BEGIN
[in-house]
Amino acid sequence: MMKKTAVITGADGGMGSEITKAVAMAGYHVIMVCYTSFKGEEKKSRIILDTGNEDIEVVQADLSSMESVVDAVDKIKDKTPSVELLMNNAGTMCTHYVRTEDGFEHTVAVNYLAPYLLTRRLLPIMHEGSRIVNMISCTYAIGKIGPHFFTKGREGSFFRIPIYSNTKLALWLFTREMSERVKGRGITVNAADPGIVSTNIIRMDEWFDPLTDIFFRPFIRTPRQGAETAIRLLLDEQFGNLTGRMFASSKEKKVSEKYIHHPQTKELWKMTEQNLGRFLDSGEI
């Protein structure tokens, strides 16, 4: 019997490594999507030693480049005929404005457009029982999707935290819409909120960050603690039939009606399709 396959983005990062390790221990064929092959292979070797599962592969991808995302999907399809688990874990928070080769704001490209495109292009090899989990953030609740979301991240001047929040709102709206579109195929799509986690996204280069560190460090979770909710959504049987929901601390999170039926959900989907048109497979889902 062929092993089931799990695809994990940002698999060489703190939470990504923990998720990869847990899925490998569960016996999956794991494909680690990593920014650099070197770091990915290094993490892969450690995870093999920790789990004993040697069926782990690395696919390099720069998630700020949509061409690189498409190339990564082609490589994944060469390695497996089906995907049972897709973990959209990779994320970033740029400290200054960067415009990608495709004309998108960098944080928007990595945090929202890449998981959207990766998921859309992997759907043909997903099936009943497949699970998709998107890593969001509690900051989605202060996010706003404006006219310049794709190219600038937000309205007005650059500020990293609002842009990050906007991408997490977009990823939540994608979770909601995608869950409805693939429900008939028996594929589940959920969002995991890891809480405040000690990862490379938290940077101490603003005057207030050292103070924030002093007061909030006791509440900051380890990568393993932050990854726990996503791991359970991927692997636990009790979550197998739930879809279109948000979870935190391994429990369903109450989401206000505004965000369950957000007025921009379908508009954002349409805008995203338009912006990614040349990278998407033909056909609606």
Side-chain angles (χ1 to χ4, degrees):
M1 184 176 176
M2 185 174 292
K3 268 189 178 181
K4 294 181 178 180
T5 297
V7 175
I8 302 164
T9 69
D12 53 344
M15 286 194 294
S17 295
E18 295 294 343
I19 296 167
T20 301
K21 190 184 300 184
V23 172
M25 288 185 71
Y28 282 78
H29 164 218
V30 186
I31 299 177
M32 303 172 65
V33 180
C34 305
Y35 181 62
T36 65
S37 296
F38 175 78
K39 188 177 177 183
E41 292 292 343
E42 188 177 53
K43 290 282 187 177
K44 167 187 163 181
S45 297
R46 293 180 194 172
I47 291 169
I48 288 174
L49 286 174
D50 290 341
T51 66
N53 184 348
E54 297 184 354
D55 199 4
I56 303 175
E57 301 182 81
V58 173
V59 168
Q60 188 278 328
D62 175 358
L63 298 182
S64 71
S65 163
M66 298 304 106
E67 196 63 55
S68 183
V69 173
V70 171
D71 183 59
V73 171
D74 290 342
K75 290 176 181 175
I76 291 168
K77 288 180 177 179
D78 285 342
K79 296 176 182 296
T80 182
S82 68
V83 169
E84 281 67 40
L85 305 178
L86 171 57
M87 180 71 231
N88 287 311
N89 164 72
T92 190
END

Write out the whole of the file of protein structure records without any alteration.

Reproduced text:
[in-house]
Amino acid sequence: MMKKTAVITGADGGMGSEITKAVAMAGYHVIMVCYTSFKGEEKKSRIILDTGNEDIEVVQADLSSMESVVDAVDKIKDKTPSVELLMNNAGTMCTHYVRTEDGFEHTVAVNYLAPYLLTRRLLPIMHEGSRIVNMISCTYAIGKIGPHFFTKGREGSFFRIPIYSNTKLALWLFTREMSERVKGRGITVNAADPGIVSTNIIRMDEWFDPLTDIFFRPFIRTPRQGAETAIRLLLDEQFGNLTGRMFASSKEKKVSEKYIHHPQTKELWKMTEQNLGRFLDSGEI
């Protein structure tokens, strides 16, 4: 019997490594999507030693480049005929404005457009029982999707935290819409909120960050603690039939009606399709 396959983005990062390790221990064929092959292979070797599962592969991808995302999907399809688990874990928070080769704001490209495109292009090899989990953030609740979301991240001047929040709102709206579109195929799509986690996204280069560190460090979770909710959504049987929901601390999170039926959900989907048109497979889902 062929092993089931799990695809994990940002698999060489703190939470990504923990998720990869847990899925490998569960016996999956794991494909680690990593920014650099070197770091990915290094993490892969450690995870093999920790789990004993040697069926782990690395696919390099720069998630700020949509061409690189498409190339990564082609490589994944060469390695497996089906995907049972897709973990959209990779994320970033740029400290200054960067415009990608495709004309998108960098944080928007990595945090929202890449998981959207990766998921859309992997759907043909997903099936009943497949699970998709998107890593969001509690900051989605202060996010706003404006006219310049794709190219600038937000309205007005650059500020990293609002842009990050906007991408997490977009990823939540994608979770909601995608869950409805693939429900008939028996594929589940959920969002995991890891809480405040000690990862490379938290940077101490603003005057207030050292103070924030002093007061909030006791509440900051380890990568393993932050990854726990996503791991359970991927692997636990009790979550197998739930879809279109948000979870935190391994429990369903109450989401206000505004965000369950957000007025921009379908508009954002349409805008995203338009912006990614040349990278998407033909056909609606």
Side-chain angles (χ1 to χ4, degrees):
M1 184 176 176
M2 185 174 292
K3 268 189 178 181
K4 294 181 178 180
T5 297
V7 175
I8 302 164
T9 69
D12 53 344
M15 286 194 294
S17 295
E18 295 294 343
I19 296 167
T20 301
K21 190 184 300 184
V23 172
M25 288 185 71
Y28 282 78
H29 164 218
V30 186
I31 299 177
M32 303 172 65
V33 180
C34 305
Y35 181 62
T36 65
S37 296
F38 175 78
K39 188 177 177 183
E41 292 292 343
E42 188 177 53
K43 290 282 187 177
K44 167 187 163 181
S45 297
R46 293 180 194 172
I47 291 169
I48 288 174
L49 286 174
D50 290 341
T51 66
N53 184 348
E54 297 184 354
D55 199 4
I56 303 175
E57 301 182 81
V58 173
V59 168
Q60 188 278 328
D62 175 358
L63 298 182
S64 71
S65 163
M66 298 304 106
E67 196 63 55
S68 183
V69 173
V70 171
D71 183 59
V73 171
D74 290 342
K75 290 176 181 175
I76 291 168
K77 288 180 177 179
D78 285 342
K79 296 176 182 296
T80 182
S82 68
V83 169
E84 281 67 40
L85 305 178
L86 171 57
M87 180 71 231
N88 287 311
N89 164 72
T92 190